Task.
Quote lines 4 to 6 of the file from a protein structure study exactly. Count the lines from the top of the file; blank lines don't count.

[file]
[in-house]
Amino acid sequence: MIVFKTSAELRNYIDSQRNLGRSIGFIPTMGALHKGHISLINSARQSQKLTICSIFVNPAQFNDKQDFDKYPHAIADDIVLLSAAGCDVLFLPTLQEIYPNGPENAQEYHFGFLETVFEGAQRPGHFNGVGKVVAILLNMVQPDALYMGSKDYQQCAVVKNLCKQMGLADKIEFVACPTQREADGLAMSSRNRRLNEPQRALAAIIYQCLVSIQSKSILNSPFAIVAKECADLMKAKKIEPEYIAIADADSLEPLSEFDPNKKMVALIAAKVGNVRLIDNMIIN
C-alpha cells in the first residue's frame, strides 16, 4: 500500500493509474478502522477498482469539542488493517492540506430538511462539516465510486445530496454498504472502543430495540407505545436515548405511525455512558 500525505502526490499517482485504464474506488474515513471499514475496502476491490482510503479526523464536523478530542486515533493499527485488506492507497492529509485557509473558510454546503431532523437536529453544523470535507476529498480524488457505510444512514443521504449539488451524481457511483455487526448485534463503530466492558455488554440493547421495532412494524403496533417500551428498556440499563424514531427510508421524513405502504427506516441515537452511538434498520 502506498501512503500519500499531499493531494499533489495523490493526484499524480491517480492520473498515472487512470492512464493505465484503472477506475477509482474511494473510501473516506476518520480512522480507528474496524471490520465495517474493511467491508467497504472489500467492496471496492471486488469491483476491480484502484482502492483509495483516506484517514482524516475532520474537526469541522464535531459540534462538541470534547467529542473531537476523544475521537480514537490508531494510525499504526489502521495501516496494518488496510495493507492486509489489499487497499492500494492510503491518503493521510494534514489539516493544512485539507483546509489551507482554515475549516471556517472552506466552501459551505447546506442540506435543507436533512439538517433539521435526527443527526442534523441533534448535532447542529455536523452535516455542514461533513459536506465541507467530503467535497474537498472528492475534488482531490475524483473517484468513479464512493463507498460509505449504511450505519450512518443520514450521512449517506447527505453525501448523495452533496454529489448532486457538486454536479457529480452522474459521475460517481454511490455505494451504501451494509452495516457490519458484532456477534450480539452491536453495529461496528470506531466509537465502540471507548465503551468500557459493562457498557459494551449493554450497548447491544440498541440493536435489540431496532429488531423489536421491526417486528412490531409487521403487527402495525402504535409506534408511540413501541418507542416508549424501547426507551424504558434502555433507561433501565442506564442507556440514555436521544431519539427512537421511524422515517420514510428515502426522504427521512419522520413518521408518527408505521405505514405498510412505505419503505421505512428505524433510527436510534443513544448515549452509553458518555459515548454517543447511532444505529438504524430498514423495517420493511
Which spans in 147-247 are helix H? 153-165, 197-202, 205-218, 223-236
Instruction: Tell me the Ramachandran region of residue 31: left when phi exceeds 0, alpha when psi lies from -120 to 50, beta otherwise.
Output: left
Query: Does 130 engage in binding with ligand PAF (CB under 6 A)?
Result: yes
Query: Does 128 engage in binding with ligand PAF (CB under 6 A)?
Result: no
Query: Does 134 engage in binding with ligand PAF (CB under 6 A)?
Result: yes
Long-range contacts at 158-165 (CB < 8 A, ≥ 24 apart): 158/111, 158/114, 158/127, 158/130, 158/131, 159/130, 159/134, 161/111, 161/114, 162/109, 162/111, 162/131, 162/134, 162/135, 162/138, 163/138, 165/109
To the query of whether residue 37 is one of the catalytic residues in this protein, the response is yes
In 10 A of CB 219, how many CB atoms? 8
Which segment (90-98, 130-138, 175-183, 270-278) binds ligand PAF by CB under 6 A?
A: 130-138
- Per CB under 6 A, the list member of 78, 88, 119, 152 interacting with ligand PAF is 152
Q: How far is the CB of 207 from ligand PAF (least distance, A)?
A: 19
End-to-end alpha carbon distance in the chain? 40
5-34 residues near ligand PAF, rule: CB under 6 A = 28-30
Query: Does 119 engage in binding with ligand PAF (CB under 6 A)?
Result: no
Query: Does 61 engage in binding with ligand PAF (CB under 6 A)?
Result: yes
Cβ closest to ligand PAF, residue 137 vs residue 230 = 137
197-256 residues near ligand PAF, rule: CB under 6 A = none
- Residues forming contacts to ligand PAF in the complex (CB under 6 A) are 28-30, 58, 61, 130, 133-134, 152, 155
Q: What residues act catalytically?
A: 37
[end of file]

Which spans in 147-247 are helix H? 153-165, 197-202, 205-218, 223-236
Instruction: Tell me the Ramachandran region of residue 31: left when phi exceeds 0, alpha when psi lies from -120 to 50, beta otherwise.
Output: left